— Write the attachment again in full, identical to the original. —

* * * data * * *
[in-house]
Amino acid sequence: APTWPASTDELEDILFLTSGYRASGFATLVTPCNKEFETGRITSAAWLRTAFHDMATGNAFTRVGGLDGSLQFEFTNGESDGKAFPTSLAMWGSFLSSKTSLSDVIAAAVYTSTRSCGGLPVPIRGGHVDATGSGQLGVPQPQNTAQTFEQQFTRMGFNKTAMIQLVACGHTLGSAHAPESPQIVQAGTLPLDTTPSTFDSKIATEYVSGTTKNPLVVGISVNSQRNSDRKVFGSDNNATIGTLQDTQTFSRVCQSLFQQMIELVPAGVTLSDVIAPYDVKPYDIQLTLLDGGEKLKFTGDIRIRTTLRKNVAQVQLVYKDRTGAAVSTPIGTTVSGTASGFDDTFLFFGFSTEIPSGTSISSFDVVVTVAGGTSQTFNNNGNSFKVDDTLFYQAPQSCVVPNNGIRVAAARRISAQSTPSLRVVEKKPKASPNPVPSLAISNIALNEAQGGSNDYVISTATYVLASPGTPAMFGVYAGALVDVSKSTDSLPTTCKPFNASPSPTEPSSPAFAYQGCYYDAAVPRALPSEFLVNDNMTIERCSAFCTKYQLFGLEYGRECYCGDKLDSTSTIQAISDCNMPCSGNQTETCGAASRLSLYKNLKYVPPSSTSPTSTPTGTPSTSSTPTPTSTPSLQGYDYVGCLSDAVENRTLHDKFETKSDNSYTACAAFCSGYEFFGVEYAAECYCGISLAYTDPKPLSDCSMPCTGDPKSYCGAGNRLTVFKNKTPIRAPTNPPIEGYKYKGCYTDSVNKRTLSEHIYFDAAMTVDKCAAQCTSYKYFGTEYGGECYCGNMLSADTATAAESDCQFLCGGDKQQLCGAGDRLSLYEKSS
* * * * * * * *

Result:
[in-house]
Amino acid sequence: APTWPASTDELEDILFLTSGYRASGFATLVTPCNKEFETGRITSAAWLRTAFHDMATGNAFTRVGGLDGSLQFEFTNGESDGKAFPTSLAMWGSFLSSKTSLSDVIAAAVYTSTRSCGGLPVPIRGGHVDATGSGQLGVPQPQNTAQTFEQQFTRMGFNKTAMIQLVACGHTLGSAHAPESPQIVQAGTLPLDTTPSTFDSKIATEYVSGTTKNPLVVGISVNSQRNSDRKVFGSDNNATIGTLQDTQTFSRVCQSLFQQMIELVPAGVTLSDVIAPYDVKPYDIQLTLLDGGEKLKFTGDIRIRTTLRKNVAQVQLVYKDRTGAAVSTPIGTTVSGTASGFDDTFLFFGFSTEIPSGTSISSFDVVVTVAGGTSQTFNNNGNSFKVDDTLFYQAPQSCVVPNNGIRVAAARRISAQSTPSLRVVEKKPKASPNPVPSLAISNIALNEAQGGSNDYVISTATYVLASPGTPAMFGVYAGALVDVSKSTDSLPTTCKPFNASPSPTEPSSPAFAYQGCYYDAAVPRALPSEFLVNDNMTIERCSAFCTKYQLFGLEYGRECYCGDKLDSTSTIQAISDCNMPCSGNQTETCGAASRLSLYKNLKYVPPSSTSPTSTPTGTPSTSSTPTPTSTPSLQGYDYVGCLSDAVENRTLHDKFETKSDNSYTACAAFCSGYEFFGVEYAAECYCGISLAYTDPKPLSDCSMPCTGDPKSYCGAGNRLTVFKNKTPIRAPTNPPIEGYKYKGCYTDSVNKRTLSEHIYFDAAMTVDKCAAQCTSYKYFGTEYGGECYCGNMLSADTATAAESDCQFLCGGDKQQLCGAGDRLSLYEKSS